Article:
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Minor leg injuries are common. Symptoms often develop from everyday wear and tear, overuse, or an injury. Leg injuries are most likely to occur during:
Most leg injuries in children and teens occur during sports or play or from accidental falls. The risk for injury is higher in contact sports, such as wrestling, football, or soccer, and in high-speed sports, such as biking, in-line skating, skiing, snowboarding, and skateboarding. Knees, ankles, and feet are the most affected body areas. Any injury occurring at the end of a long bone near a joint may injure the growth plate and needs to be checked by a doctor.
Older adults have a higher risk for injuries and fractures because they lose muscle mass and bone strength (osteoporosis) as they age. They also have more problems with vision and balance, which increases their risk for accidental injury.
Most minor injuries will heal on their own, and home treatment is usually all that is needed to relieve symptoms and promote healing.
An acute injury may occur from a direct blow, a penetrating injury, a fall, or from twisting, jerking, jamming, or bending a limb abnormally. Pain may be sudden and severe. Bruising and swelling may develop soon after the injury. Acute injuries usually require prompt medical evaluation and may include:
Overuse injuries occur when too much stress is placed on a joint or other tissue, often by "overdoing" an activity or doing the same activity repeatedly. Overuse injuries include:
Treatment for a leg injury may include rest, ice, elevation, and other first aid measures (such as the application of a brace, splint, or cast), or physical therapy. Some leg injuries are treated with medicine or surgery, especially if a bone is broken. Treatment depends on:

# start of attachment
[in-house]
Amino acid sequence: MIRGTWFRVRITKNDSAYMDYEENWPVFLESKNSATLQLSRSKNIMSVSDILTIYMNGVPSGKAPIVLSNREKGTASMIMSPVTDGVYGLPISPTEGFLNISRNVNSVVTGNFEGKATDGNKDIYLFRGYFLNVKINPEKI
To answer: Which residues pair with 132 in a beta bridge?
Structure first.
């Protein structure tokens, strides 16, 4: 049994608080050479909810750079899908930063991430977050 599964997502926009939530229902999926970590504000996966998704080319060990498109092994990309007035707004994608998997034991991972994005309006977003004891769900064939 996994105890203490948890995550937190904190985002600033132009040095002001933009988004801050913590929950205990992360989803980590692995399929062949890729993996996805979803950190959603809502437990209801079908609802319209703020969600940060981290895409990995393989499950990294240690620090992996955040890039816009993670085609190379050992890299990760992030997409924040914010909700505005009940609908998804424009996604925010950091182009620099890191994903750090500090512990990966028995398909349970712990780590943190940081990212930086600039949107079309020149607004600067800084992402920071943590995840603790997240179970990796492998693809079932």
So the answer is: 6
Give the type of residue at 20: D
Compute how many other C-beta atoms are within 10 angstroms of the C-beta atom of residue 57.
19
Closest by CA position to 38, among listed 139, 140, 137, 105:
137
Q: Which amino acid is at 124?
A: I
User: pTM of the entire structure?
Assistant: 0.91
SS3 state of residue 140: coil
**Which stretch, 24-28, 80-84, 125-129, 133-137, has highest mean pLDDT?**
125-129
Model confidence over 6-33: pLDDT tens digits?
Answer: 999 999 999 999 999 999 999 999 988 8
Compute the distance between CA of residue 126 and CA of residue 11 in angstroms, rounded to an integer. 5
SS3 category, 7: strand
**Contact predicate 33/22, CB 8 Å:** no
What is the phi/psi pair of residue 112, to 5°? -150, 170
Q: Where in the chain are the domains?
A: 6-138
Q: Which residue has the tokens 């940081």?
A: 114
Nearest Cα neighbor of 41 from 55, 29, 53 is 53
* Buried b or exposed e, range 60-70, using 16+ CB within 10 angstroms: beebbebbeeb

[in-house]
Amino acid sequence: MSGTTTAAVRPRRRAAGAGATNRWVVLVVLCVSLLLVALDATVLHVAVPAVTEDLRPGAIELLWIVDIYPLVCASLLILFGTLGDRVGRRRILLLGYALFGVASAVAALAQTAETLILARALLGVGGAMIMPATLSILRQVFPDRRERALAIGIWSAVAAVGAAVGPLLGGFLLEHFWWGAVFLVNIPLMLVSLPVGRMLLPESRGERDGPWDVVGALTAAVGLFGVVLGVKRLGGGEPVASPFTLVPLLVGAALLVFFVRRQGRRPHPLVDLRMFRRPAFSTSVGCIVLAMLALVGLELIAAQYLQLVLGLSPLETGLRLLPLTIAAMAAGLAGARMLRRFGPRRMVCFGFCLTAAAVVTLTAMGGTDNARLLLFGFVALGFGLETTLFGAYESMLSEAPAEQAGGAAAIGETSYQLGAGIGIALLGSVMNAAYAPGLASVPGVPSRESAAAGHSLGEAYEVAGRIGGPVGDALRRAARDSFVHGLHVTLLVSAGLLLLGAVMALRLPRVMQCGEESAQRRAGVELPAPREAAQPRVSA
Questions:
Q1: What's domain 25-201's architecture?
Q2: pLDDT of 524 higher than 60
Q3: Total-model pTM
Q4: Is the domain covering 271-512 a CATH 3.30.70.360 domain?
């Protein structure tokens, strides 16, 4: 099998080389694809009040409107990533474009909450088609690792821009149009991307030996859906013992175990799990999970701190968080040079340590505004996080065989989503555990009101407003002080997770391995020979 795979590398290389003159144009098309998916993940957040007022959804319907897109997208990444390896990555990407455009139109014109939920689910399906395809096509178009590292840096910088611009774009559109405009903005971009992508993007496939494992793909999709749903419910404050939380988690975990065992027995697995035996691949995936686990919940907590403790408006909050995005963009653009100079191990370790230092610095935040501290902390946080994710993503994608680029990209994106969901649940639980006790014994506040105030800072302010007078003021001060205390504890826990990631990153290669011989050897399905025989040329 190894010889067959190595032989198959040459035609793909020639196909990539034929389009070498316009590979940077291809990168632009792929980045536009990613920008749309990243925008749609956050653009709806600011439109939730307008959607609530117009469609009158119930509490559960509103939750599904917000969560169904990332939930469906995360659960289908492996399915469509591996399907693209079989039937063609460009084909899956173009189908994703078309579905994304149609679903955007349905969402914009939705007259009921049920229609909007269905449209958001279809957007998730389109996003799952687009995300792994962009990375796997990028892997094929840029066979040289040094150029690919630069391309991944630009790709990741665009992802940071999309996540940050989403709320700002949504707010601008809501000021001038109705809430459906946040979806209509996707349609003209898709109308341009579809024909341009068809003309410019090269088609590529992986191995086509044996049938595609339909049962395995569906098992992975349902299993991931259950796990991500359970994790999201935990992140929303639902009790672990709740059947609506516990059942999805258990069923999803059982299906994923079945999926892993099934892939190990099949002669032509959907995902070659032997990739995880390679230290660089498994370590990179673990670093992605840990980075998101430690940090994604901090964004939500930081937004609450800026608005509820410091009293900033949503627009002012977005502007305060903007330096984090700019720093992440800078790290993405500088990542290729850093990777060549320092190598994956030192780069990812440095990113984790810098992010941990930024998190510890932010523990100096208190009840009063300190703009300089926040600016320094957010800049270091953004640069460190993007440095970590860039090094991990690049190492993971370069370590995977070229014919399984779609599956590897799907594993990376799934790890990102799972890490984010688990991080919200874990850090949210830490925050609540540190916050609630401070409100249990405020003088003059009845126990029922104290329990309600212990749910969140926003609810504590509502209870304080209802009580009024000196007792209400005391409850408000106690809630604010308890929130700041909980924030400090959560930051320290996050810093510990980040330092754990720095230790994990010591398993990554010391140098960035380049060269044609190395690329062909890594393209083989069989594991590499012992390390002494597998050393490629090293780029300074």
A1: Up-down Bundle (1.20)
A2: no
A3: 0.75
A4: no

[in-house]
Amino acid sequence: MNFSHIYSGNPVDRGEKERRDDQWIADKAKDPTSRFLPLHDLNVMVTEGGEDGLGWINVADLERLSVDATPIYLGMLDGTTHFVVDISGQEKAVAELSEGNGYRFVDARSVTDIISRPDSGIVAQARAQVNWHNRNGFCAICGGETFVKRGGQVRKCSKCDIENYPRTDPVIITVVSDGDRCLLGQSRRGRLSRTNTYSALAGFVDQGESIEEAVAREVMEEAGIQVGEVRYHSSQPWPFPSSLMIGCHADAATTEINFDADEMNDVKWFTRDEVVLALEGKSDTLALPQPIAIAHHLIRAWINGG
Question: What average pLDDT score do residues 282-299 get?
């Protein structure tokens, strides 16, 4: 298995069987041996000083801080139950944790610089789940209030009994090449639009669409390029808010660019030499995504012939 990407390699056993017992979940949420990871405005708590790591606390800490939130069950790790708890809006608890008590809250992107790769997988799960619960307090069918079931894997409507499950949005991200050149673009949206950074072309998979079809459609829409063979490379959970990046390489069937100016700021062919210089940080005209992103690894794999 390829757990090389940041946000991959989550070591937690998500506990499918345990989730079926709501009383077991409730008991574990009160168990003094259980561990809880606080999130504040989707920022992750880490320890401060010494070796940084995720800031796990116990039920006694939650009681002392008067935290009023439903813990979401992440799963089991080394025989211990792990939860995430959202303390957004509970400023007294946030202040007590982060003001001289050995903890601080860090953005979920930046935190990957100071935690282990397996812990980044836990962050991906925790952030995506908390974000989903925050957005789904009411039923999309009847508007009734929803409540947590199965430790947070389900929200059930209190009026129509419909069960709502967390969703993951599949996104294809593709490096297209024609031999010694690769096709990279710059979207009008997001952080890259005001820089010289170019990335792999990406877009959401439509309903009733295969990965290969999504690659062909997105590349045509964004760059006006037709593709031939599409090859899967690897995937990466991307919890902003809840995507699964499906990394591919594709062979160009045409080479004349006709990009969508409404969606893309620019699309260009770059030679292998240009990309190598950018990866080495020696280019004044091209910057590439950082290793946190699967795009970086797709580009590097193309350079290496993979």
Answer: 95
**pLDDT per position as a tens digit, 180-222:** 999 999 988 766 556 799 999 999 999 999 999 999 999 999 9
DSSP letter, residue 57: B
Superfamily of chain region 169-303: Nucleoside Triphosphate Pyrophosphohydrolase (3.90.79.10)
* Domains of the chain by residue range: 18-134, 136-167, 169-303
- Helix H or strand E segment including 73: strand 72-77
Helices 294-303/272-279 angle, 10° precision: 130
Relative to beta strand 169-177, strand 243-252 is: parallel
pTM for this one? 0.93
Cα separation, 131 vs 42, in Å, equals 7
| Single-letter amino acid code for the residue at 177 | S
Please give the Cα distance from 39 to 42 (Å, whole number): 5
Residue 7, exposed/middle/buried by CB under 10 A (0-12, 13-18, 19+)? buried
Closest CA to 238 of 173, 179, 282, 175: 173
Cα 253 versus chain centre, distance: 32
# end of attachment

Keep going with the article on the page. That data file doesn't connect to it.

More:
Check your symptoms to decide if and when you should see a doctor.
If a cast or splint is applied, it is important to keep it dry and try to move the uninjured parts of your extremity as normally as possible to help maintain muscle strength and tone. Your doctor will give you instructions on how to care for your cast or splint.
If your injury does not require an evaluation by a doctor, you may be able to use home treatment to help relieve pain, swelling, and stiffness.
|Try a nonprescription medicine to help treat your fever or pain:|
Talk to your child's doctor before switching back and forth between doses of acetaminophen and ibuprofen. When you switch between two medicines, there is a chance your child will get too much medicine.
|Be sure to follow these safety tips when you use a nonprescription medicine:|
Call your doctor if any of the following occur during home treatment:
The following tips may prevent leg injuries.
Bodily injuries such as bruises, burns, fractures, cuts, or punctures may be caused by abuse. Suspect possible abuse when an injury cannot be explained or does not match the explanation, when repeated injuries occur, or when the explanations for the cause of the injury change. You may be able to prevent further abuse by reporting it and seeking help.
To prepare for your appointment, see the topic Making the Most of Your Appointment.
You can help your doctor diagnose and treat your condition by being prepared to answer the following questions:
|Primary Medical Reviewer||William H. Blahd, Jr., MD, FACEP - Emergency Medicine|
|Specialist Medical Reviewer||H. Michael O'Connor, MD - Emergency Medicine|
|Last Revised||September 19, 2012|
Last Revised: September 19, 2012
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